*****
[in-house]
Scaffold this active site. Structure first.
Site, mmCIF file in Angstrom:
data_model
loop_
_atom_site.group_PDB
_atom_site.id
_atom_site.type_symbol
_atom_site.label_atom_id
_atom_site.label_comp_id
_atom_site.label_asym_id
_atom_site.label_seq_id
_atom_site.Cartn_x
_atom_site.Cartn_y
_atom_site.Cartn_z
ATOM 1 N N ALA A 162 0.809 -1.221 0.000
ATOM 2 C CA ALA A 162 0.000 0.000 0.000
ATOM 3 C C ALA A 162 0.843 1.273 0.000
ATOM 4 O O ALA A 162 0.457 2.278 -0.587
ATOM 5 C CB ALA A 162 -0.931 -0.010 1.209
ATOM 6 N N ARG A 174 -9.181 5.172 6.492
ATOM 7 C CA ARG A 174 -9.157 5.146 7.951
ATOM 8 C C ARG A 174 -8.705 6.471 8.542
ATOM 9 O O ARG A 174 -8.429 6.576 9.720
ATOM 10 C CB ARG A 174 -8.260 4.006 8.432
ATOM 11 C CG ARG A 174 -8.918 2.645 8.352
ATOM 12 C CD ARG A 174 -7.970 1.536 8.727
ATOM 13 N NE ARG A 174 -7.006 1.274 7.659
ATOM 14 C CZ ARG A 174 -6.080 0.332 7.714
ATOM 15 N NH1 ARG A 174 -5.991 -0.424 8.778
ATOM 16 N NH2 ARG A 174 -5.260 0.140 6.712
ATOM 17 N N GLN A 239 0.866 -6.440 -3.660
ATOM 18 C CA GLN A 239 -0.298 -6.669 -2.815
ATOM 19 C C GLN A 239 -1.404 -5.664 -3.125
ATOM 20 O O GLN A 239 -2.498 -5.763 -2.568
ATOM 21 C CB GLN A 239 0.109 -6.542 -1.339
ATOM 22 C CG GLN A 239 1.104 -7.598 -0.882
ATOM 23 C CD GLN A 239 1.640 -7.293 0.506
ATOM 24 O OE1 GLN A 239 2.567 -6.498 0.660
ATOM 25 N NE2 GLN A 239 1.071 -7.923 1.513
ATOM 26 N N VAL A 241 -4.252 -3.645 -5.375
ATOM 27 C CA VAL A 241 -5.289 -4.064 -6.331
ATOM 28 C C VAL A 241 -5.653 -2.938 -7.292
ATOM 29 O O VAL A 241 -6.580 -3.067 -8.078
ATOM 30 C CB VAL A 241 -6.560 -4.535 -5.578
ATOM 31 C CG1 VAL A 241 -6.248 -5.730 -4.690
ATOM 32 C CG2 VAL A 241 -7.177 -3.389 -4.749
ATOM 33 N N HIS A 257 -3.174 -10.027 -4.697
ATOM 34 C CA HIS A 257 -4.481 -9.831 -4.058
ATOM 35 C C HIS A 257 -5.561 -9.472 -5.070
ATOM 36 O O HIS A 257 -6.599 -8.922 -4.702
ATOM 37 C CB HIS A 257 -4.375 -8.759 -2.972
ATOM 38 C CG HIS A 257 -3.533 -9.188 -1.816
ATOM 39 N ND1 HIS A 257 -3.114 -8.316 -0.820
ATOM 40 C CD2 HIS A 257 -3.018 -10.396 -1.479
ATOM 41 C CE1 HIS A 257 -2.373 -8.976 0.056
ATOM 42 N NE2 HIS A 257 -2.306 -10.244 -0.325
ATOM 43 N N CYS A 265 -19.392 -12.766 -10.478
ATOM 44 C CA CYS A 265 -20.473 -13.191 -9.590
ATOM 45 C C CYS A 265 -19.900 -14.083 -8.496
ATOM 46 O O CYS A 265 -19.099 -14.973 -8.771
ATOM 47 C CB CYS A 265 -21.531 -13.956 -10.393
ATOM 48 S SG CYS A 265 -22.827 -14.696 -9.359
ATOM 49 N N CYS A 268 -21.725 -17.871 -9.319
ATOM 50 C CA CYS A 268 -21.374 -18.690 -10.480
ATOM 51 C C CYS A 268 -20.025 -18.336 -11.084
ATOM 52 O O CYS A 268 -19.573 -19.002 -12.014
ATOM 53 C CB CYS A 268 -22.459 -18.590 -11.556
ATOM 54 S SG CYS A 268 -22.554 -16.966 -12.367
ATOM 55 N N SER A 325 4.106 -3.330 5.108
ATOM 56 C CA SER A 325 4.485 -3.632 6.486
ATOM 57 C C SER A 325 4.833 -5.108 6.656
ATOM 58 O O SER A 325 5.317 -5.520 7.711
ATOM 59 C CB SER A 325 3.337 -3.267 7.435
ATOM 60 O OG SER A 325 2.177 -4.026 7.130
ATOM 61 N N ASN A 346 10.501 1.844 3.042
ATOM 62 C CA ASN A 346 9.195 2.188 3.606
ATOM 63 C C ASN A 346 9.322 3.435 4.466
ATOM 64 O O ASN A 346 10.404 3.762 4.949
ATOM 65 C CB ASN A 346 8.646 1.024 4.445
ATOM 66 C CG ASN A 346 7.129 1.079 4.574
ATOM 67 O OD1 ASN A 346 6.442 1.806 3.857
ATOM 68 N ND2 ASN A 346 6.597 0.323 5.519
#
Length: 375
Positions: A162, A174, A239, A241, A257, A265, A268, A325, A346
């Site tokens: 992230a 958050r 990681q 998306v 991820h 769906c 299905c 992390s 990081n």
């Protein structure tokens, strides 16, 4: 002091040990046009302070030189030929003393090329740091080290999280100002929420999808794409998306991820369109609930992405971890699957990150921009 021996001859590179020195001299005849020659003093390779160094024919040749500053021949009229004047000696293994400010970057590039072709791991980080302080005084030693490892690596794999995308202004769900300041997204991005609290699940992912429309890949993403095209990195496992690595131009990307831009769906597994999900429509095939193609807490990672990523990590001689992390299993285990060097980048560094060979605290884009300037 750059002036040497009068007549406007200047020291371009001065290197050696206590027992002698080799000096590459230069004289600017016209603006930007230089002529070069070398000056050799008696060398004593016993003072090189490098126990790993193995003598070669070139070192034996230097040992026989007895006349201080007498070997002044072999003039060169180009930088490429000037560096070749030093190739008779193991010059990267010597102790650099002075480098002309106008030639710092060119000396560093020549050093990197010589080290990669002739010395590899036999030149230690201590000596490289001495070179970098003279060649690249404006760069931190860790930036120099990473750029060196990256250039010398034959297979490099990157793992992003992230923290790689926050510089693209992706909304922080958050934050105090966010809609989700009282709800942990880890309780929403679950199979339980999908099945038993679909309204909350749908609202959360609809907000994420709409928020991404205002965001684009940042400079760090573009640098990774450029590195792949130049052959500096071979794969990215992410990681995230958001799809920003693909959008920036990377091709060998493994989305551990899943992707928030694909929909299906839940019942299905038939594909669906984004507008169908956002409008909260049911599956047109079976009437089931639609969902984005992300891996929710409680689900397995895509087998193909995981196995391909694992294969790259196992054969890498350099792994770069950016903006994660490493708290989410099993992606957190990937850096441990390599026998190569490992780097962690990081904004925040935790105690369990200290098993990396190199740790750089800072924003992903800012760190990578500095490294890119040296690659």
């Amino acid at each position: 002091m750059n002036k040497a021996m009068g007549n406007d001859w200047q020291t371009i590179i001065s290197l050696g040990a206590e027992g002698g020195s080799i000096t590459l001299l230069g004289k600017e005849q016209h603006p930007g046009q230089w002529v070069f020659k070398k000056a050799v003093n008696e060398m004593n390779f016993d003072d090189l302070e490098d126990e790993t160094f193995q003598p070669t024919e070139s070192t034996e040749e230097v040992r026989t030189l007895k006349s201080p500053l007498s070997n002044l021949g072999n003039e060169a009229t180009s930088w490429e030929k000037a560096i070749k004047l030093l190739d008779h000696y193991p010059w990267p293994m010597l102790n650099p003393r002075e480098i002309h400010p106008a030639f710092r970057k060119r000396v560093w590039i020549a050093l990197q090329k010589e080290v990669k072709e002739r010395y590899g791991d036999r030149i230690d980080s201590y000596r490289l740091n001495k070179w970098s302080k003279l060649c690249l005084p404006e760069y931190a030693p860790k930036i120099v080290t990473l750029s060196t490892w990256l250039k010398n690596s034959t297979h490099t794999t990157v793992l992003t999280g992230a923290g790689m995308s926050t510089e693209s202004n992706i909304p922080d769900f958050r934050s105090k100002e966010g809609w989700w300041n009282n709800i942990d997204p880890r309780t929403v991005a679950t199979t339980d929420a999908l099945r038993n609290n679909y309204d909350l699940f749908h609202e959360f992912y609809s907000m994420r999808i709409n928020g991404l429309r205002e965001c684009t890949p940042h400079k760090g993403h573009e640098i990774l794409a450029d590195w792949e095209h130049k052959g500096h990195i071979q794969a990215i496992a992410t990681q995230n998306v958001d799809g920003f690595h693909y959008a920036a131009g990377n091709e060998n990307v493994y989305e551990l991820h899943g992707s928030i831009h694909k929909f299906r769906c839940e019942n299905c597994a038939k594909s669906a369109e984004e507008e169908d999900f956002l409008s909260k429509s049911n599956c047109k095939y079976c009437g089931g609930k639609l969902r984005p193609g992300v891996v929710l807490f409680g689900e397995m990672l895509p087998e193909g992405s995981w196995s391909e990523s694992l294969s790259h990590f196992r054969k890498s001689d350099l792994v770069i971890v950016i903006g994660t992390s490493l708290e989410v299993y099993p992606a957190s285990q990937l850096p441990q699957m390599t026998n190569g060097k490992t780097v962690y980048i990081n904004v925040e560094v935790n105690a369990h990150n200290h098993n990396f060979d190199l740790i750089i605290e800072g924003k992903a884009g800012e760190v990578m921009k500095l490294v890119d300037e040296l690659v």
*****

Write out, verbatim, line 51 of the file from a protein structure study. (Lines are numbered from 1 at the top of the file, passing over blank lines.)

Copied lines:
ATOM 36 O O HIS A 257 -6.599 -8.922 -4.702